After being named dean of MIT’s School of Engineering in July, IEEE Fellow Anantha P. Chandrakasan hit the ground running by leading the effort to form the joint MIT-IBM Watson AI Lab. The agreement was signed in September. IBM said it will provide US $240 million to fund the 10-year initiative, which launched last month, to be housed both on the MIT campus and IBM offices in Cambridge.
The lab is focusing on applications of artificial intelligence, including for biomedicine and cybersecurity. Chandrakasan, who joined the MIT faculty in 1994 and headed the department of electrical engineering and computer science for the last six years, is overseeing the collaboration. In this interview with The Institute, he talks about his vision for the lab and goals he has for the engineering school.
Negotiating the IBM collaboration was your first big success as the new dean. Why was the partnership important to you?
AI is everywhere. It’s used in just about every domain you can think of, and this will only increase in the coming years. AI will be central to such diverse fields as image and speech recognition, machine learning for disease detection, and financial systems for global trade.
MIT’s collaboration with IBM will bring academic and industry researchers together to work on hardware and software that could advance AI technology. The partnership will allow us to focus on conducting basic research and developing applications while drawing on IBM’s resources and experts who have tremendous access to real-world data and computing power.
How can the collaboration benefit students?
With the lab designed to foster collaboration, students will learn firsthand what it’s like to work with an industry partner. The agreement requires both MIT and IBM researchers to participate in all projects.
Why did MIT partner with IBM?
IBM and MIT have been pioneers in artificial intelligence research, and we have a long history of working together. In 2016 IBM Research began a multiyear collaboration with the MIT Department of Brain and Cognitive Sciences to advance the field of machine vision as well as a five-year, $50 million collaboration with MIT’s Broad Institute and Harvard to research AI and genomics. We share a philosophy for making the world better through technology, and we’re confident the lab will lead to fruitful endeavors.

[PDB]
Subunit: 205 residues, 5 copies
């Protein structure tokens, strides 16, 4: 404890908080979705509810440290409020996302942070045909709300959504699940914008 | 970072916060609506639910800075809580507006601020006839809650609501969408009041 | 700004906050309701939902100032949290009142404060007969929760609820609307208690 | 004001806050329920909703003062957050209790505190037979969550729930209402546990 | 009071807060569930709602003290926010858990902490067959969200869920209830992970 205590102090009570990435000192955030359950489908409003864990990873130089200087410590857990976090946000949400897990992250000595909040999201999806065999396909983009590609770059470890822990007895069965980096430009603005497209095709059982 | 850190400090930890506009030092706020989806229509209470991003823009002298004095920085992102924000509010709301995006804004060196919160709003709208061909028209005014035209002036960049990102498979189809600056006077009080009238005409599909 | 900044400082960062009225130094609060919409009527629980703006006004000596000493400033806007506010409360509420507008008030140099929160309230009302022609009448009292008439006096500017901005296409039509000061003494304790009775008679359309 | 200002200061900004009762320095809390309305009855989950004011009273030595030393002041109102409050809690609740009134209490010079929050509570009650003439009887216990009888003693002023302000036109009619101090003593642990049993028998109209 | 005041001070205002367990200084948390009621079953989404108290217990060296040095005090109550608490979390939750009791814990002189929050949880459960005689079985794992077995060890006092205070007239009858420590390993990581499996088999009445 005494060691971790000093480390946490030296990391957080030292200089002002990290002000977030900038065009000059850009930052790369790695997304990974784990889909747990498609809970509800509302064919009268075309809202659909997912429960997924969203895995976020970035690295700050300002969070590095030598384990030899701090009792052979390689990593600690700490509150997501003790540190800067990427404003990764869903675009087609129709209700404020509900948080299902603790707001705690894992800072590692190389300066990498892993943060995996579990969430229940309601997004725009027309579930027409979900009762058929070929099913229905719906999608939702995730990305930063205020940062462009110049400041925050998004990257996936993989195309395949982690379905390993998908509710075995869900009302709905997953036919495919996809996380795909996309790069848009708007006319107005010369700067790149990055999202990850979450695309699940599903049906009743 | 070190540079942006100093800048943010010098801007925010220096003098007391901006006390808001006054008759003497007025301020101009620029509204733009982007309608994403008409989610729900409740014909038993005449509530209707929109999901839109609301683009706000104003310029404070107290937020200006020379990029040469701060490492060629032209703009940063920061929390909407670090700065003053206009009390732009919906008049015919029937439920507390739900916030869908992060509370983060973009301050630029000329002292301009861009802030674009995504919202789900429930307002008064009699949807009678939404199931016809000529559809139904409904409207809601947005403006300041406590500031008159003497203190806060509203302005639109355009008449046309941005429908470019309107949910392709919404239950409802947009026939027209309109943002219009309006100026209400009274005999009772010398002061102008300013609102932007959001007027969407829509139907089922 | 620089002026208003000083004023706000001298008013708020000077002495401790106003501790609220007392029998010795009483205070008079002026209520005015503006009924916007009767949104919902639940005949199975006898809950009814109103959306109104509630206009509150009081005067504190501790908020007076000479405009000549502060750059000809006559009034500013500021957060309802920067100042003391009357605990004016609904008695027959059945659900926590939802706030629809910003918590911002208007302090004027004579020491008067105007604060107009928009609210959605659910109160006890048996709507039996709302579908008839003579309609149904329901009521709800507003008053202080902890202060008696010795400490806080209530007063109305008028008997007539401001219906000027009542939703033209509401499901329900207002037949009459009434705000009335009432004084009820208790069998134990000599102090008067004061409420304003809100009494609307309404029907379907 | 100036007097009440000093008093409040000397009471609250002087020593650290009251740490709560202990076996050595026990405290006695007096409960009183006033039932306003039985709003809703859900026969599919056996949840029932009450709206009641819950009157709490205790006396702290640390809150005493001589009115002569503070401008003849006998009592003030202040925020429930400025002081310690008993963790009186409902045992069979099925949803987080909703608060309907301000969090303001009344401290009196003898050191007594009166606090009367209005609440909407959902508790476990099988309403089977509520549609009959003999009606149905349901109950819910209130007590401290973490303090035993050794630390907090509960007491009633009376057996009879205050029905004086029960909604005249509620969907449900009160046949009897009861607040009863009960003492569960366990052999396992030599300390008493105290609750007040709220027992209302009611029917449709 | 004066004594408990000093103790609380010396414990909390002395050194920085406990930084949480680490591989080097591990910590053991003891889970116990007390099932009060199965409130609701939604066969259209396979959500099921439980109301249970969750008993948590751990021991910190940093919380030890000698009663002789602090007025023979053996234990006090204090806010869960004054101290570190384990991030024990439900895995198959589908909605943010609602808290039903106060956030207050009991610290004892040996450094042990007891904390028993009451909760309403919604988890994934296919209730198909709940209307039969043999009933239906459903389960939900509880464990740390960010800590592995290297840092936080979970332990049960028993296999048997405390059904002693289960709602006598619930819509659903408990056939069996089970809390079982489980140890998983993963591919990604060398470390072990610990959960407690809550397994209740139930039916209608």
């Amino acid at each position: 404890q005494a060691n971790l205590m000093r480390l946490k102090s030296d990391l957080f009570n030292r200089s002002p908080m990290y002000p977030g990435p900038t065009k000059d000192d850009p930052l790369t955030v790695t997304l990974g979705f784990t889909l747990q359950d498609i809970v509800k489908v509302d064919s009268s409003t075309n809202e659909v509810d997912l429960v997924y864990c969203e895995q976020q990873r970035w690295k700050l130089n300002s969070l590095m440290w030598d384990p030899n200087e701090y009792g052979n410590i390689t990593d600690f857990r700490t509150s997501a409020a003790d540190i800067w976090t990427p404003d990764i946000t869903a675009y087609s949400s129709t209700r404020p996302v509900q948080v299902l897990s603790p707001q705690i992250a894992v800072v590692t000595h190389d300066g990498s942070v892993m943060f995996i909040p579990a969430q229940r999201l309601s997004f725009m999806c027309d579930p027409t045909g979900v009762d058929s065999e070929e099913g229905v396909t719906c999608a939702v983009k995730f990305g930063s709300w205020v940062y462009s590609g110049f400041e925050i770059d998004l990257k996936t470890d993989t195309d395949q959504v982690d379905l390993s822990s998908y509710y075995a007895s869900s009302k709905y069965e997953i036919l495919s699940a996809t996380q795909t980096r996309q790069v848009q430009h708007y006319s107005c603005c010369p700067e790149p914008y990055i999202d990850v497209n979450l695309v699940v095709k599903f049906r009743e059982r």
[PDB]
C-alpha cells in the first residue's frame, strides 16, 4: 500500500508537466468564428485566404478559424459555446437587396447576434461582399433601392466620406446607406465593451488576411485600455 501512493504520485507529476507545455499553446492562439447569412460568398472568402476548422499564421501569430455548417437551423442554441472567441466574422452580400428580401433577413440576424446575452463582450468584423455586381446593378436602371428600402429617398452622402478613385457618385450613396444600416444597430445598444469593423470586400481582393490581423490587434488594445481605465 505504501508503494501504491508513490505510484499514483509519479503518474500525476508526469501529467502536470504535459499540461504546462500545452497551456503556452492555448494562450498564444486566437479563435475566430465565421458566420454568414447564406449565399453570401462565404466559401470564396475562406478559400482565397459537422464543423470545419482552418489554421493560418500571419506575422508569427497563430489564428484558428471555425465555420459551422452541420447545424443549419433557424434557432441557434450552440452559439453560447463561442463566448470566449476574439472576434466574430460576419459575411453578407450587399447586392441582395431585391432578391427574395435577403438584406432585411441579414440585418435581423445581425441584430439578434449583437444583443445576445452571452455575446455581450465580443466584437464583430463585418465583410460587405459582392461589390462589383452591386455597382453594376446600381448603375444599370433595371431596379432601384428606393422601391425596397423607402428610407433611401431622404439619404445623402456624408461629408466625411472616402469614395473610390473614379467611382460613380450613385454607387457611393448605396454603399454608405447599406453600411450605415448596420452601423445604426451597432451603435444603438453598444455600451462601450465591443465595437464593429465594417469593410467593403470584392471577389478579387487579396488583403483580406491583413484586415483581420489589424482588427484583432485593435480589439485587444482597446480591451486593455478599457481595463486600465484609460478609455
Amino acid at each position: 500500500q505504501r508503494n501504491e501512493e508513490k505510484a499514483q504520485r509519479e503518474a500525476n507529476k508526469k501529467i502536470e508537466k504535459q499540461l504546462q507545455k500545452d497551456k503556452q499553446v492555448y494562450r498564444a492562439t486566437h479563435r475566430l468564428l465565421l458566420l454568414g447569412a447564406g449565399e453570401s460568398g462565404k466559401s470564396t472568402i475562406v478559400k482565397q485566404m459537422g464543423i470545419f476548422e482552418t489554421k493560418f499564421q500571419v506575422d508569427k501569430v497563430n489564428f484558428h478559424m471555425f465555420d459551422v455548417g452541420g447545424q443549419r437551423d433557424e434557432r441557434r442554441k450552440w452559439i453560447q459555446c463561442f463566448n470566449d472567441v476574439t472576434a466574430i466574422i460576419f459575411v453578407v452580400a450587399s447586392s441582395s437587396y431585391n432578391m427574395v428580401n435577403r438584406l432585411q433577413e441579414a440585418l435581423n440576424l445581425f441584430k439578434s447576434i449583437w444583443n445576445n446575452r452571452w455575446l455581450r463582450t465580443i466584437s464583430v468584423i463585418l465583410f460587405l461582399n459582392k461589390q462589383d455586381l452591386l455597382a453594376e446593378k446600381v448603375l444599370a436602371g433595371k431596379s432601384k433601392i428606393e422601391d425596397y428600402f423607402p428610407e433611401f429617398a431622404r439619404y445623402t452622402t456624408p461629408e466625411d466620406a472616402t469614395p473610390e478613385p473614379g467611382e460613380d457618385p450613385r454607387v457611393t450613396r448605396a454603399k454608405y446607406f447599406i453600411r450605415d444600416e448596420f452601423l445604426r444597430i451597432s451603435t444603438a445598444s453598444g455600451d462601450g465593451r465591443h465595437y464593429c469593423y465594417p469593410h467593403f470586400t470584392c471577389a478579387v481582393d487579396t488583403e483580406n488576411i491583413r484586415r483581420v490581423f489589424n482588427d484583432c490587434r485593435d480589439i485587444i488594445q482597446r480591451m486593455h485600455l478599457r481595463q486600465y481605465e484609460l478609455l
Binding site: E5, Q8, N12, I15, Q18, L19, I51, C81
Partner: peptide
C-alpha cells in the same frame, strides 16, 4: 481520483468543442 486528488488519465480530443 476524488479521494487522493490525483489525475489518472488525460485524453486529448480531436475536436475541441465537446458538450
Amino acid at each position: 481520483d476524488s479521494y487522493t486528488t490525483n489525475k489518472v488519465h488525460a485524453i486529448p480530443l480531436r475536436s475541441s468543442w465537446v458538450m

Will the collaboration consider the ethics of AI?
We are committed to exploring and understanding the ethics of AI, particularly the risks the technology could bring. This collaboration will focus on how to build helpful AI systems that have a positive impact on people’s lives. Furthermore, MIT researchers will explore how AI can deliver economic and societal benefits to a broad range of people, nations, and enterprises.
What do you hope will come out of this collaboration at the end of its 10 years?
In addition to both fundamental and applied research, I hope to see many startups come out of the lab. I plan to leverage other MIT programs to drive commercialization of AI products and services. These include programs at the MIT Deshpande Center for Technological Innovation and the Martin Trust Center for MIT Entrepreneurship and seed funding and incubator programs, like the Sandbox Innovation Fund and the Engine, which is also accessible to people outside of MIT. I want these collaborations to help fuel jobs and support the advancement of AI.
What are some of your priorities for MIT’s engineering program?
My initial priorities include increasing the impact of our research by promoting collaborations across schools and departments. I also will advance our innovative educational initiatives and approaches. One example is our new project-based pilot program, NEET [New Engineering Education Transformation], which has the potential to re-engineer engineering education by breaking down disciplinary boundaries.
I will also establish collaborations with other schools at MIT and beyond, including companies and other universities, and support our community by building on our culture of leadership, innovation, and entrepreneurship.
You said in an article posted on the MIT News website that your leadership approach is to connect directly with students. How will you do that as dean?
I plan to continue engaging with students through a new student advisory board I have formed—which will help inform my decisions about the school and help students achieve their academic and career goals. Their valuable input will influence new initiatives and opportunities that we will develop at the school. I will support programs that enhance the student and faculty experience.
You are an IEEE Fellow who has been widely published in IEEE journals. How has being a member of the organization influenced your work at MIT?
IEEE has provided me with incredible access to mentors. For example, acting as chair of the IEEE International Solid-State Circuits Conference has helped me understand technology from a broader perspective. And that has influenced my formulation of important research problems and helped create more collaborations between academia and industry.
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